Prime Minister, Convince Thyself

British Prime Minister Tony Blair arriving at the High Court in London, Thursday, Aug. 28, 2003, to give evidence to the Hutton inquiry explaining his role in events leading up to the apparent suicide of Government weapons expert Dr David Kelly. (AP Photo/Arthur Edwards, The Sun. pool) AP

This may surprise you, but right now, more people in Britain believe that Tony Blair is unfit for office than support him.

A massive mistrust of his justification for the war in Iraq is the major problem, as more becomes clear about the background to his decision to follow President Bush against the wishes of the majority of the British people.

Towering above even that is the issue of trust and truth -- the simple fact is, even on domestic issues, that most Britons do not believe what he says.

It's all about spin. And for spin, read lies.

His slick Willy approach, a swift, manipulated and convenient answer to every tricky question, an instant condemnation of anyone who gets in his way, has caught up with him and he knows it.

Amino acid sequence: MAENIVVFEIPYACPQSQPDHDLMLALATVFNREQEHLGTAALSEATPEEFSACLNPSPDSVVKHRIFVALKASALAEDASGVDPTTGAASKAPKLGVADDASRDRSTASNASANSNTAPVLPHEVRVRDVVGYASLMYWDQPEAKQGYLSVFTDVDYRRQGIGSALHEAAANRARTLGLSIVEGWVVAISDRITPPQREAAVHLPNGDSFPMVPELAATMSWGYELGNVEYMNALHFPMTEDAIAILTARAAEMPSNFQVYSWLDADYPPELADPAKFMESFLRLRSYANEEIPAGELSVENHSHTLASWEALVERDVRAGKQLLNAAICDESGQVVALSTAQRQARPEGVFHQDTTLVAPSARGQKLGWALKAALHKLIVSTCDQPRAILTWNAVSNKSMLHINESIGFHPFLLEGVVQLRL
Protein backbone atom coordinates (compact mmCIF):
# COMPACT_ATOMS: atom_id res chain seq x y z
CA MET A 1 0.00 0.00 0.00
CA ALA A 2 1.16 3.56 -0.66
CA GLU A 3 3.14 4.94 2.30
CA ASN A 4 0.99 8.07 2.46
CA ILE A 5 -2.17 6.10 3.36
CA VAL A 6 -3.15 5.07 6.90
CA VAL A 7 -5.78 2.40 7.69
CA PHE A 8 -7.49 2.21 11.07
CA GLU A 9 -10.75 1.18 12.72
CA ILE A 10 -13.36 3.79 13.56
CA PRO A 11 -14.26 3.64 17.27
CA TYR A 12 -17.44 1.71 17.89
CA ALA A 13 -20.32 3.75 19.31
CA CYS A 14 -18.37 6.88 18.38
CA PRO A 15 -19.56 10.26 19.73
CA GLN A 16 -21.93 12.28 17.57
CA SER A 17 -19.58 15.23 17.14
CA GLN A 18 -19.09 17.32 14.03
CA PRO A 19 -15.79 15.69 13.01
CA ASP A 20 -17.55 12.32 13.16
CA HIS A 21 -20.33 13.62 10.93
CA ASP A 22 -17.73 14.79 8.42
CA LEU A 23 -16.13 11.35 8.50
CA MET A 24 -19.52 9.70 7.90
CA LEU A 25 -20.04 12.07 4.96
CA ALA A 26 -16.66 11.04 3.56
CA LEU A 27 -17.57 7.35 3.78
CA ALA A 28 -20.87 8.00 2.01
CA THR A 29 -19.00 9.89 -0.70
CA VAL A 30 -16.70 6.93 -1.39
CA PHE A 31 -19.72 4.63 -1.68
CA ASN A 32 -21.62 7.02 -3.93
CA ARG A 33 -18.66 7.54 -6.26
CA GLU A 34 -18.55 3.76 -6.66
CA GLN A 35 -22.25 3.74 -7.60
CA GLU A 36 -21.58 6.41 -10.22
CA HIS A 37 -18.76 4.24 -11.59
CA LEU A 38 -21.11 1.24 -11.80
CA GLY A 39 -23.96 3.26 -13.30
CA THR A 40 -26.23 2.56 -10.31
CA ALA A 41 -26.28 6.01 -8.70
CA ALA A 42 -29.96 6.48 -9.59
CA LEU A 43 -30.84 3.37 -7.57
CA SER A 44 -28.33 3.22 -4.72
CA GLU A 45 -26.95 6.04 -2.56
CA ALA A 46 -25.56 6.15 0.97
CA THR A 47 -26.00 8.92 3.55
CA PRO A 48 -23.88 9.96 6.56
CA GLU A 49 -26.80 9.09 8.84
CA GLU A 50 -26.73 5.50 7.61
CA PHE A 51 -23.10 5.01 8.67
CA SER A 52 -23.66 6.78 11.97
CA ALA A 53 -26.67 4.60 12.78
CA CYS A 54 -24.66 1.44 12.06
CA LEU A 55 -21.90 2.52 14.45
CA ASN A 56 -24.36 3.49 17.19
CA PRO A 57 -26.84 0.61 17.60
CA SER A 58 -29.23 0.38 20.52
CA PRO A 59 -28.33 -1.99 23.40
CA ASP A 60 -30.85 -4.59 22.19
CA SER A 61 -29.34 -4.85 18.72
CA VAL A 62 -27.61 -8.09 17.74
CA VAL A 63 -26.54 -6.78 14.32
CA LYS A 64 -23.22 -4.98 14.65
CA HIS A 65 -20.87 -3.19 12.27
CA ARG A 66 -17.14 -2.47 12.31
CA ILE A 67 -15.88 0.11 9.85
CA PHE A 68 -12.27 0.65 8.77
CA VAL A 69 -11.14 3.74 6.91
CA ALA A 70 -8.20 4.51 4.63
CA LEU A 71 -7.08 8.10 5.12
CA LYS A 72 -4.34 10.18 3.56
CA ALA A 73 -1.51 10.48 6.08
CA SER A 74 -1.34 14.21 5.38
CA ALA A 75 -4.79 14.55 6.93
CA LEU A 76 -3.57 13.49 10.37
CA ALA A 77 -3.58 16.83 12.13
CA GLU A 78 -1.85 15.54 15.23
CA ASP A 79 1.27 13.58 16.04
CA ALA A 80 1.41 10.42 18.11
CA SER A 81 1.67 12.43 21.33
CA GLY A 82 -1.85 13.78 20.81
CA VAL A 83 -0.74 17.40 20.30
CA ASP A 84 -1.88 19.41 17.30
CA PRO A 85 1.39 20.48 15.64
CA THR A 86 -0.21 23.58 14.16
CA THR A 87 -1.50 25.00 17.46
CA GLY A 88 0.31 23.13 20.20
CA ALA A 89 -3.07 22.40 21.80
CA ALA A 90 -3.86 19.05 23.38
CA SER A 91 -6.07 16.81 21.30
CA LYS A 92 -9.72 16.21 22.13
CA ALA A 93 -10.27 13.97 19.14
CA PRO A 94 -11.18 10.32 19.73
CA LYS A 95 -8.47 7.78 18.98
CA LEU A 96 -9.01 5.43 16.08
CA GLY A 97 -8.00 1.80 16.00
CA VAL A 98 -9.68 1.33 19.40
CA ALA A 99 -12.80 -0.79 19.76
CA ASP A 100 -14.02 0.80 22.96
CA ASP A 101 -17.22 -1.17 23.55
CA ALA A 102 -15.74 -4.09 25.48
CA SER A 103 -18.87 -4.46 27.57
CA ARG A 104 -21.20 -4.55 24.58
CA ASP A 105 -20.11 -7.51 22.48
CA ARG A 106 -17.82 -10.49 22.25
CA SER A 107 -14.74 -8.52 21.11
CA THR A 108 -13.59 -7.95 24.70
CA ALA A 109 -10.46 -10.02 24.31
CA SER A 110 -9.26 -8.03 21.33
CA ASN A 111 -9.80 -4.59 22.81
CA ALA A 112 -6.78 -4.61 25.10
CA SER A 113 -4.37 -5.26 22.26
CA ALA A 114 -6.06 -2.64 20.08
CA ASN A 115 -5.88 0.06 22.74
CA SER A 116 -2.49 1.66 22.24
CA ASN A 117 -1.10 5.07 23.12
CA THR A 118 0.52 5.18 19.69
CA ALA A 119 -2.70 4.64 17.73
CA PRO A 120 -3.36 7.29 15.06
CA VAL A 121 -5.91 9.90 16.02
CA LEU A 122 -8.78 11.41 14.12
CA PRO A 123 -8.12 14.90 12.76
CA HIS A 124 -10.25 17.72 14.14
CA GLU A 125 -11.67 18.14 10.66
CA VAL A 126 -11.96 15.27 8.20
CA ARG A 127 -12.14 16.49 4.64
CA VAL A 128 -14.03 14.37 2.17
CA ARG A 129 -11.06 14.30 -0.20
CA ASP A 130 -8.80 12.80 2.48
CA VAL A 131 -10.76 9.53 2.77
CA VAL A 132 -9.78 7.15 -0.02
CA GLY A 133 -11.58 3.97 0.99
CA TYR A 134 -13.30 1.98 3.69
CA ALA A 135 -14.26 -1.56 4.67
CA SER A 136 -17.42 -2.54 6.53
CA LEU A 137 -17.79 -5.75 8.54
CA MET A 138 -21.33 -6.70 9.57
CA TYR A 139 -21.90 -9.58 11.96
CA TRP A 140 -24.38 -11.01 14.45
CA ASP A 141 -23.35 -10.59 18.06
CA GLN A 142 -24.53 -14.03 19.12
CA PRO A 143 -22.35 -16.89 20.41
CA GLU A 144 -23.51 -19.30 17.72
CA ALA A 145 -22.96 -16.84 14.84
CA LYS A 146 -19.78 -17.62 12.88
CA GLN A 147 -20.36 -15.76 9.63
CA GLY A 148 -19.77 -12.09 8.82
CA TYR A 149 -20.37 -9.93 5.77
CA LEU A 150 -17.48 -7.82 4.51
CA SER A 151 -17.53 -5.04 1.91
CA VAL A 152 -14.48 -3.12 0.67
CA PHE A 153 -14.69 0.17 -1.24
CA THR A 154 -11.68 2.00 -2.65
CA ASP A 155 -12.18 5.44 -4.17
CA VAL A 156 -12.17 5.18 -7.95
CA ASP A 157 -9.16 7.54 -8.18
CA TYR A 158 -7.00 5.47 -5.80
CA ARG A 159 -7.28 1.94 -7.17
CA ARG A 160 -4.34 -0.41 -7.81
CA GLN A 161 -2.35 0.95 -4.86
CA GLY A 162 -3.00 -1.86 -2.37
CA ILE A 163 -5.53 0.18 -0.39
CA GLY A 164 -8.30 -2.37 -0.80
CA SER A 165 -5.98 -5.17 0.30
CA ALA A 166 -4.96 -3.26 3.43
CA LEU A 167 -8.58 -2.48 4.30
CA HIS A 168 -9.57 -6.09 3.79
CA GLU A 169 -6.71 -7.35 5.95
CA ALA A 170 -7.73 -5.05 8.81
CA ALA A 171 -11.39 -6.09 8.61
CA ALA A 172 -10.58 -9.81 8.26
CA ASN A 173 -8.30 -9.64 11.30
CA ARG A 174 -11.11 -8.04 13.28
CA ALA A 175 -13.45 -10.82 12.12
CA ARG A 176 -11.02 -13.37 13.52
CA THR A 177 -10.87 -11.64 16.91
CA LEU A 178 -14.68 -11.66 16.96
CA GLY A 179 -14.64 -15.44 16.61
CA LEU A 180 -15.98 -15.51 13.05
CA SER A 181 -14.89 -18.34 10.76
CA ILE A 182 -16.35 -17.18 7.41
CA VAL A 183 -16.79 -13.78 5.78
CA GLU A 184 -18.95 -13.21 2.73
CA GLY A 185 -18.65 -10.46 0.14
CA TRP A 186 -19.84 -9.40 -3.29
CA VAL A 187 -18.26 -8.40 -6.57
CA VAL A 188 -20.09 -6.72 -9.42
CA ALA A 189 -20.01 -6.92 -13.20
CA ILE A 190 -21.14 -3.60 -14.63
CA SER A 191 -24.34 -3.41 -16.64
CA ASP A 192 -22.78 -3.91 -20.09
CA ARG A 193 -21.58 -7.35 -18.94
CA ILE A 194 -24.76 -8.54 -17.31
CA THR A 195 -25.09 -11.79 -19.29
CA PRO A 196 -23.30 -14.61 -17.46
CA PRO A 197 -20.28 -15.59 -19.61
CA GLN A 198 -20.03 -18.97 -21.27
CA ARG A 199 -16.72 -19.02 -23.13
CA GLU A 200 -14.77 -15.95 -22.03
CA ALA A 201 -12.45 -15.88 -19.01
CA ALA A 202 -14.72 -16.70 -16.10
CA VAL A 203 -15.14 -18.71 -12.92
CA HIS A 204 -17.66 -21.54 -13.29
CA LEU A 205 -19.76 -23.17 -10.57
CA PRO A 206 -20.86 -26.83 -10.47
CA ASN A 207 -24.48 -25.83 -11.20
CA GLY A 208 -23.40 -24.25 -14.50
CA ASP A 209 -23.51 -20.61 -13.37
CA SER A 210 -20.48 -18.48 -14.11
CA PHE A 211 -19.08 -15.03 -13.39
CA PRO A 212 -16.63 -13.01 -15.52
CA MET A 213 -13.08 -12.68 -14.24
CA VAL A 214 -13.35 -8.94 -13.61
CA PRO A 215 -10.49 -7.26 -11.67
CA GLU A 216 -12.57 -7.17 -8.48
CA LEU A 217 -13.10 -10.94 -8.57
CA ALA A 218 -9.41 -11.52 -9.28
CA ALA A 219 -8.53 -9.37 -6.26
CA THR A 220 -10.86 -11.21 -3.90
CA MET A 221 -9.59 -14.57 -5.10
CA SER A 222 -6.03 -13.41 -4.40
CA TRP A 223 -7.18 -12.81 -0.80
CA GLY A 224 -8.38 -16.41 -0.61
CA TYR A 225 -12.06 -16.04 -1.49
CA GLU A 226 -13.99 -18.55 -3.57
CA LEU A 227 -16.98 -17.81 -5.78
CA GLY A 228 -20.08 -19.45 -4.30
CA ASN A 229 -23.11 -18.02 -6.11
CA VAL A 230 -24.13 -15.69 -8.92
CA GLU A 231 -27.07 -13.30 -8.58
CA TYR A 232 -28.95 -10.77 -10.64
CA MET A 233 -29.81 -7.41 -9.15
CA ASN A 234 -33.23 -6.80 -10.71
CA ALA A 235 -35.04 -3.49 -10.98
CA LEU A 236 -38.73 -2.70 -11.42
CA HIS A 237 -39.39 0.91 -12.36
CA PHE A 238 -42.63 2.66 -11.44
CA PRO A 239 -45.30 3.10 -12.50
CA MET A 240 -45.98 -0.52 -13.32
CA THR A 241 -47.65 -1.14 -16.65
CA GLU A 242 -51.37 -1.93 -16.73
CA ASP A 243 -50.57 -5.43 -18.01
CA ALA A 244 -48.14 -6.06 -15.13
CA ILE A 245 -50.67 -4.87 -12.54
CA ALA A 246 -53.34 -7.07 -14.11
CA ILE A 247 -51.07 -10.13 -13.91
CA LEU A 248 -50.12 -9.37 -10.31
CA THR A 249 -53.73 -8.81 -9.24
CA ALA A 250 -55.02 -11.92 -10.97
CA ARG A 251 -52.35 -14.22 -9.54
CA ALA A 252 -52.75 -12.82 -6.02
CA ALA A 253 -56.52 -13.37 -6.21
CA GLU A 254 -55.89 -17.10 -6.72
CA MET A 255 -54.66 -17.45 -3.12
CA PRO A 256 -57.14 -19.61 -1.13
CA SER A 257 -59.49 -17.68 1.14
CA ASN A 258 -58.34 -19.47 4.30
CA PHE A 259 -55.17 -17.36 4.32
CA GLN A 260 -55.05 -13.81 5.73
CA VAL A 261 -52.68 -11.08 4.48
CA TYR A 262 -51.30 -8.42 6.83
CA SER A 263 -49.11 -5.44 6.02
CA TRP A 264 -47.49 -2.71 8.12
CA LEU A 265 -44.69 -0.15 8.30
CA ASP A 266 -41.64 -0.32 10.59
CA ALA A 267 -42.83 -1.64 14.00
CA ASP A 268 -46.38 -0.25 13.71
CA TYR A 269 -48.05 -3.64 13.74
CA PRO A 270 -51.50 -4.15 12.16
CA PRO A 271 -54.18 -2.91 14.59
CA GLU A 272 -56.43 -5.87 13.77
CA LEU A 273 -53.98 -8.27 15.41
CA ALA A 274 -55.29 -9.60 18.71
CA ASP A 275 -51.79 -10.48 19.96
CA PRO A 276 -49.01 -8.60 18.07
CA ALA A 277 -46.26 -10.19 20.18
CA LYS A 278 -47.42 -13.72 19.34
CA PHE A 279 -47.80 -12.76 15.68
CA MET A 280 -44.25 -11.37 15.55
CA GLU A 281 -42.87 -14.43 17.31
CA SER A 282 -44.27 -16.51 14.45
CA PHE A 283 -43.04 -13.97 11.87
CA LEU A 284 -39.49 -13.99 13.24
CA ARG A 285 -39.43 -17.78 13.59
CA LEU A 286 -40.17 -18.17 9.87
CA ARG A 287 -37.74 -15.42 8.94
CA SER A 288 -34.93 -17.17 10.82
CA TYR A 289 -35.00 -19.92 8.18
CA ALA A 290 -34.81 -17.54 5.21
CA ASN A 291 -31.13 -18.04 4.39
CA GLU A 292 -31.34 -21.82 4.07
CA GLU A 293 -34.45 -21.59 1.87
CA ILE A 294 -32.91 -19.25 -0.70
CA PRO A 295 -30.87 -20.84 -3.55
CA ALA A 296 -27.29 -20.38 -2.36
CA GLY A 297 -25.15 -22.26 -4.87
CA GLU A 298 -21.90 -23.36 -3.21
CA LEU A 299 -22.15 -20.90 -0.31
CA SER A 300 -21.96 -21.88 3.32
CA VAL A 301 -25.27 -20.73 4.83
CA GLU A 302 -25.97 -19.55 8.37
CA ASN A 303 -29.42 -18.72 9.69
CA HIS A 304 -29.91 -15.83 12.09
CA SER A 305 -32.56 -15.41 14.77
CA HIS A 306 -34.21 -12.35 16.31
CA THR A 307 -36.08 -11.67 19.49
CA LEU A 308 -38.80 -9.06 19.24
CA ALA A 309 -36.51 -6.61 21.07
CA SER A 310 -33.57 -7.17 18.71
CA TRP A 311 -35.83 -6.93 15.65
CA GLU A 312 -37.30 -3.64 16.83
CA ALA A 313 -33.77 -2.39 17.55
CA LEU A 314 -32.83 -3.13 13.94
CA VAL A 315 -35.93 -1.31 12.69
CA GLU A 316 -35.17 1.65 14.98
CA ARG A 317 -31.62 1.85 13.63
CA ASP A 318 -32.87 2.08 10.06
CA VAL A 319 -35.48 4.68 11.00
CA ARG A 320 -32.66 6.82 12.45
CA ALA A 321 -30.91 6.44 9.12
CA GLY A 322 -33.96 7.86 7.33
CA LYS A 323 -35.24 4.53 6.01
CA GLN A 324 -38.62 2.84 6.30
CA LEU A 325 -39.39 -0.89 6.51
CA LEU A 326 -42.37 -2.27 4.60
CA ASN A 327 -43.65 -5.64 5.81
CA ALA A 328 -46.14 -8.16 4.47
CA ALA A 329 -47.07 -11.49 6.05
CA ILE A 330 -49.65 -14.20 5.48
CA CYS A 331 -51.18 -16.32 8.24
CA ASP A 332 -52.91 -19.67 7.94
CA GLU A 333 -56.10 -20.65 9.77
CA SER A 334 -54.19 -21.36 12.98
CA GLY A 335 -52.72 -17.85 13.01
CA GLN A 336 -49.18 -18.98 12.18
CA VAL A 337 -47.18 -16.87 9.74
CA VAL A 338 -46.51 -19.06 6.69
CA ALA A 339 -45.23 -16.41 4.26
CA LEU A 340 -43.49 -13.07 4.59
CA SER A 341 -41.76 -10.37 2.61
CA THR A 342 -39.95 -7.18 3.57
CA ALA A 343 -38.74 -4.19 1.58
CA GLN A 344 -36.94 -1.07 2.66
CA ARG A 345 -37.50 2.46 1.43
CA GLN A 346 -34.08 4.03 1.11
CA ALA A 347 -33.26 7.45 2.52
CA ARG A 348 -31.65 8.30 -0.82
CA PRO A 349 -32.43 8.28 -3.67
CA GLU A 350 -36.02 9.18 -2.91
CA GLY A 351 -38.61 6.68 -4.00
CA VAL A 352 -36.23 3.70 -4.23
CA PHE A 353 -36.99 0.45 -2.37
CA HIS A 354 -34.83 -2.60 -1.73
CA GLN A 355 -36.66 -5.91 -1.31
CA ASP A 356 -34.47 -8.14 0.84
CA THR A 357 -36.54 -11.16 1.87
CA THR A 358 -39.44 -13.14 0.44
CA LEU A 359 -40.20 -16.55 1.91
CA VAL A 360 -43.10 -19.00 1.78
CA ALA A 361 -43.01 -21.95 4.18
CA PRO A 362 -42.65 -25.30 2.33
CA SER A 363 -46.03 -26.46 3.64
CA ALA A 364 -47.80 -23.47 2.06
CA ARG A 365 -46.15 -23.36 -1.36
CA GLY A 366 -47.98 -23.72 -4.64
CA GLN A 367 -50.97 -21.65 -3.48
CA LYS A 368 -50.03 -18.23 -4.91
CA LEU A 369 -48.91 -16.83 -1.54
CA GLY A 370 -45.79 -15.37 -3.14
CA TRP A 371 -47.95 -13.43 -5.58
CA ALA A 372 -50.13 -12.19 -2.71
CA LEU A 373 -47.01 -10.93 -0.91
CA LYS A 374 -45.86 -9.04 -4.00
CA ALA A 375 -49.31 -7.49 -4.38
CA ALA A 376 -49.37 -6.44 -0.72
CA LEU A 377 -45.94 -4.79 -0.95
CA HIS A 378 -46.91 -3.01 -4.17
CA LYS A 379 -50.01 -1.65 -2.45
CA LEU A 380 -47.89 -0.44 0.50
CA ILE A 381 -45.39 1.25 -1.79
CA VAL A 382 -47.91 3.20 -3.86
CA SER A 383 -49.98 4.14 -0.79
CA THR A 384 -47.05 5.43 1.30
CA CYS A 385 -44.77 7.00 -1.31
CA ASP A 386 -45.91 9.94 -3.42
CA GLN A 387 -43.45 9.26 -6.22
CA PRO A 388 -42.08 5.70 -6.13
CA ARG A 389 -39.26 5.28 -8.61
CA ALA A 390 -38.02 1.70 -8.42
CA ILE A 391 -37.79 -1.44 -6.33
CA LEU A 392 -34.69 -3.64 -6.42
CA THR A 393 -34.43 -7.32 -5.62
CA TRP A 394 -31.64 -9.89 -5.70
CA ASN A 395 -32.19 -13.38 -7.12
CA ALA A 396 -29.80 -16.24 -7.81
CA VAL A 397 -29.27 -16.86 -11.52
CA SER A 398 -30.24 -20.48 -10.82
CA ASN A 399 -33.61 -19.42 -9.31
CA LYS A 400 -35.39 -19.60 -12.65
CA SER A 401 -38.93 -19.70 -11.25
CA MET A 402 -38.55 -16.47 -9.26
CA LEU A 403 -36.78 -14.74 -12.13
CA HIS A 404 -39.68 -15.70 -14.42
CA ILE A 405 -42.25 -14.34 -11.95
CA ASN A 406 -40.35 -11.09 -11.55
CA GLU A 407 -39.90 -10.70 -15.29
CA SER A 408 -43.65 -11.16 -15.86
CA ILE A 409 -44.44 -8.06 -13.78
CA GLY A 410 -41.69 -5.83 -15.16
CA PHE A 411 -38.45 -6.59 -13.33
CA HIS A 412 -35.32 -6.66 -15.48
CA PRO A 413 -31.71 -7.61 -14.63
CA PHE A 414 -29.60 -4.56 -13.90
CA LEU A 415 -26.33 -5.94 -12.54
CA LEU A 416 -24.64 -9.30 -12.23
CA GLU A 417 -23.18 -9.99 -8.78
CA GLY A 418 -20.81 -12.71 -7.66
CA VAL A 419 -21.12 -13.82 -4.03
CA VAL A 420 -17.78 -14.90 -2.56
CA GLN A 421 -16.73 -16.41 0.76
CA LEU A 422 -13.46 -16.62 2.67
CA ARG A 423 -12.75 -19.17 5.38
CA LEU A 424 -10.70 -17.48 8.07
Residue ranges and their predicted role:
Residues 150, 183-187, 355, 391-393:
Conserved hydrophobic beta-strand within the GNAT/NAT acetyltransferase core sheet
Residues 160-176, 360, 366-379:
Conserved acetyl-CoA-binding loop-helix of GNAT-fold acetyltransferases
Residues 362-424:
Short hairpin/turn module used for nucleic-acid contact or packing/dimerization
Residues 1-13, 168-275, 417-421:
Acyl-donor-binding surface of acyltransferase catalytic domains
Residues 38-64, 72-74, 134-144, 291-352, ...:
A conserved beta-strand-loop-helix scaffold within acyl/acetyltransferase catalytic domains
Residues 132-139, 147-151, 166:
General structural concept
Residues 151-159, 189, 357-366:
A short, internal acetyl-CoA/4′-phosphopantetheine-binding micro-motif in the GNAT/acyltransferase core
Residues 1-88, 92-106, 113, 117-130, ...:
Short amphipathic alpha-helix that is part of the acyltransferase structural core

These last few days, our Prime Minister has been working out a new way of dealing with the media, whom he despises -- and the public, whom he sincerely believes have got him wrong. There will be no more spin from Downing Street is the message. No more obfuscation, no more invention. No whitewash at Number Ten. Trust me, I'm a pretty straight sort of guy, says the Prime Minister.

But I think it's too late. Like Richard the Third in that well thumbed Shakespeare of yours, Mr. Blair is in so deep that it is inconceivable that he could suddenly develop a severe attack of truth telling, and regain the immense faith he inspired in those far-off halcyon days when he first became our leader. Because he doesn't have to convince U.S. that spin is hideously wrong and now even costs lives - we know that. He has to convince himself. And the almost Nixon-like world of fantasy in which he exists wouldn't allow the idea to be entertained.
By Simon Bates
  • Bob Bicknell

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